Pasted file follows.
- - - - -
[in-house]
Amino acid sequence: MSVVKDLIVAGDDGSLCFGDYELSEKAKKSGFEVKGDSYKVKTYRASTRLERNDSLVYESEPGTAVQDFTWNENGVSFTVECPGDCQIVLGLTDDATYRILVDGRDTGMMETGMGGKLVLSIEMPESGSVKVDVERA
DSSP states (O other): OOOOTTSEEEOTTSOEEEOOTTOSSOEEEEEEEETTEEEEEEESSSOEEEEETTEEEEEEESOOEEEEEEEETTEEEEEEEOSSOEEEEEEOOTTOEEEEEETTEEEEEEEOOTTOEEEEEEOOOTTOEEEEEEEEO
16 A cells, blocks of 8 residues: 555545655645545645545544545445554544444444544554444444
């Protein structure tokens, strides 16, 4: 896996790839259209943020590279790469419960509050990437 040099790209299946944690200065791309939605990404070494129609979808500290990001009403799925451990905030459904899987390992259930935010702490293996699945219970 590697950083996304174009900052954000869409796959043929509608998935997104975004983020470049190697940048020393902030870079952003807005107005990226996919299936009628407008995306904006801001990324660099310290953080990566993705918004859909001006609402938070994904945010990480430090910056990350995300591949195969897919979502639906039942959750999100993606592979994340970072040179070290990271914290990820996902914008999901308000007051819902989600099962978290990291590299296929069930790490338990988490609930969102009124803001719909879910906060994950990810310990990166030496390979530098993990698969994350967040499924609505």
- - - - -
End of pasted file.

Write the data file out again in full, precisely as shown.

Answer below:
[in-house]
Amino acid sequence: MSVVKDLIVAGDDGSLCFGDYELSEKAKKSGFEVKGDSYKVKTYRASTRLERNDSLVYESEPGTAVQDFTWNENGVSFTVECPGDCQIVLGLTDDATYRILVDGRDTGMMETGMGGKLVLSIEMPESGSVKVDVERA
DSSP states (O other): OOOOTTSEEEOTTSOEEEOOTTOSSOEEEEEEEETTEEEEEEESSSOEEEEETTEEEEEEESOOEEEEEEEETTEEEEEEEOSSOEEEEEEOOTTOEEEEEETTEEEEEEEOOTTOEEEEEEOOOTTOEEEEEEEEO
16 A cells, blocks of 8 residues: 555545655645545645545544545445554544444444544554444444
């Protein structure tokens, strides 16, 4: 896996790839259209943020590279790469419960509050990437 040099790209299946944690200065791309939605990404070494129609979808500290990001009403799925451990905030459904899987390992259930935010702490293996699945219970 590697950083996304174009900052954000869409796959043929509608998935997104975004983020470049190697940048020393902030870079952003807005107005990226996919299936009628407008995306904006801001990324660099310290953080990566993705918004859909001006609402938070994904945010990480430090910056990350995300591949195969897919979502639906039942959750999100993606592979994340970072040179070290990271914290990820996902914008999901308000007051819902989600099962978290990291590299296929069930790490338990988490609930969102009124803001719909879910906060994950990810310990990166030496390979530098993990698969994350967040499924609505």